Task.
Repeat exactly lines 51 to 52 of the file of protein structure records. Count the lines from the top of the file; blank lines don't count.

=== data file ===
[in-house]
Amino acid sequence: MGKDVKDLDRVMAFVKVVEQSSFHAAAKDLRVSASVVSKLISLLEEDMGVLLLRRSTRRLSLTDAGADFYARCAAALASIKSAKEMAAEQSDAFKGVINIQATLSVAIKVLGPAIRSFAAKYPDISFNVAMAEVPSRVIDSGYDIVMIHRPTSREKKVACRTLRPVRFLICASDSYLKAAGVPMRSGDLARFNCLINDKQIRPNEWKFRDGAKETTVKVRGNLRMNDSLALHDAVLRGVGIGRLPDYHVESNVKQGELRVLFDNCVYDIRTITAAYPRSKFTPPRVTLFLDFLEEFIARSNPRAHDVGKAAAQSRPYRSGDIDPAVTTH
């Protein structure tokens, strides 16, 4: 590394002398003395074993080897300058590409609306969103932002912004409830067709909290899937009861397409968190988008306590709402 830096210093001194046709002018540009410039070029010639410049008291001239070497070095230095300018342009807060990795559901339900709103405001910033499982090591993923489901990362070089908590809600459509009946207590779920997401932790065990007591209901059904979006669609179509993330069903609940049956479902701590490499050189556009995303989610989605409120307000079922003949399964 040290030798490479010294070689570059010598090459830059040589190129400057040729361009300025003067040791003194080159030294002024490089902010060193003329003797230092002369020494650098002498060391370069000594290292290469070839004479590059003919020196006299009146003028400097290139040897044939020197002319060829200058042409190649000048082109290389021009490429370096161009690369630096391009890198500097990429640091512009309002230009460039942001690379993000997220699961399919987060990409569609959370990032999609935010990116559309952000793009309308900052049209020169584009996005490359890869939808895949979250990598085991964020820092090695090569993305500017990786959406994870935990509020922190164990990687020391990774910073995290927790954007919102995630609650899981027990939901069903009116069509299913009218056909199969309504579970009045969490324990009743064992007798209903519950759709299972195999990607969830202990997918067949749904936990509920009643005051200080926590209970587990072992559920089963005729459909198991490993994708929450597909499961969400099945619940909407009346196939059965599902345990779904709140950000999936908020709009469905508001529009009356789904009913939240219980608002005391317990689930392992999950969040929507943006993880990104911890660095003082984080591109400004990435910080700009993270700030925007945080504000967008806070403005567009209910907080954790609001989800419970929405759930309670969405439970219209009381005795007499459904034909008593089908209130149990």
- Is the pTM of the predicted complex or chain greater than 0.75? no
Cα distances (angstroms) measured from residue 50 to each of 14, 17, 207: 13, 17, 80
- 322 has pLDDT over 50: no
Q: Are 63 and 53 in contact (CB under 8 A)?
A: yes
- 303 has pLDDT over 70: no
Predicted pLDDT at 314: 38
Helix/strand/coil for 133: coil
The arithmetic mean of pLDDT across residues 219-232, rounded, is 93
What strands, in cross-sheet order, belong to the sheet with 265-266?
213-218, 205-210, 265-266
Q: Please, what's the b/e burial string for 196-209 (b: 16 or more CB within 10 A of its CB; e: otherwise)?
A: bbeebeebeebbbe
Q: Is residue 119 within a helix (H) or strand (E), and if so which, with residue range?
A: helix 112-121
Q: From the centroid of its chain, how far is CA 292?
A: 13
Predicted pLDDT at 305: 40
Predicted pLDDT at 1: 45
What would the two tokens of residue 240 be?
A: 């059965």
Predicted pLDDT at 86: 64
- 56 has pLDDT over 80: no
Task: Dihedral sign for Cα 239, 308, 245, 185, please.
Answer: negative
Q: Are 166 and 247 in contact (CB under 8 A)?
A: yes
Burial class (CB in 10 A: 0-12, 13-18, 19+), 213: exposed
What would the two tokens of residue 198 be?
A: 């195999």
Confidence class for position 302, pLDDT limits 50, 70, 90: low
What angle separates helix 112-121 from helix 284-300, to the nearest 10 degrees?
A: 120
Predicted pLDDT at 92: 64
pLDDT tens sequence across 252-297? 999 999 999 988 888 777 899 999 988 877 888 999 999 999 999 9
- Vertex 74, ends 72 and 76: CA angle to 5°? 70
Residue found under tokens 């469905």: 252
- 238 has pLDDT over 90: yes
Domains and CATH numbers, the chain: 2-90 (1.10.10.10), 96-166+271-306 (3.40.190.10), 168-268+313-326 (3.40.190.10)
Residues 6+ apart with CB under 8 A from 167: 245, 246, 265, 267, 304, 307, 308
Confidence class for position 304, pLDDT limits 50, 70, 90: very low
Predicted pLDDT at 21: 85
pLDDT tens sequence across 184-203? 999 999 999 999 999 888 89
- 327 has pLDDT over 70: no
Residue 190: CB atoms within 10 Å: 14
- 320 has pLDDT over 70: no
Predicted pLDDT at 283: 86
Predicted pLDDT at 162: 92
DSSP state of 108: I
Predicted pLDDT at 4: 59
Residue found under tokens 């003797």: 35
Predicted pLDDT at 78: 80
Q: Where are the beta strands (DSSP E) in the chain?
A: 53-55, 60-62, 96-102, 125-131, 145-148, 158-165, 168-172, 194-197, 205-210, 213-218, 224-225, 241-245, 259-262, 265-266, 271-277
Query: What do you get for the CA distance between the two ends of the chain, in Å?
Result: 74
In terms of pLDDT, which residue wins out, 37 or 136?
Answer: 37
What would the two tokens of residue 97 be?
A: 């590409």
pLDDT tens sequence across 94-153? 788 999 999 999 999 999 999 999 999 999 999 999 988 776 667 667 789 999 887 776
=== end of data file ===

Predicted pLDDT at 162: 92
DSSP state of 108: I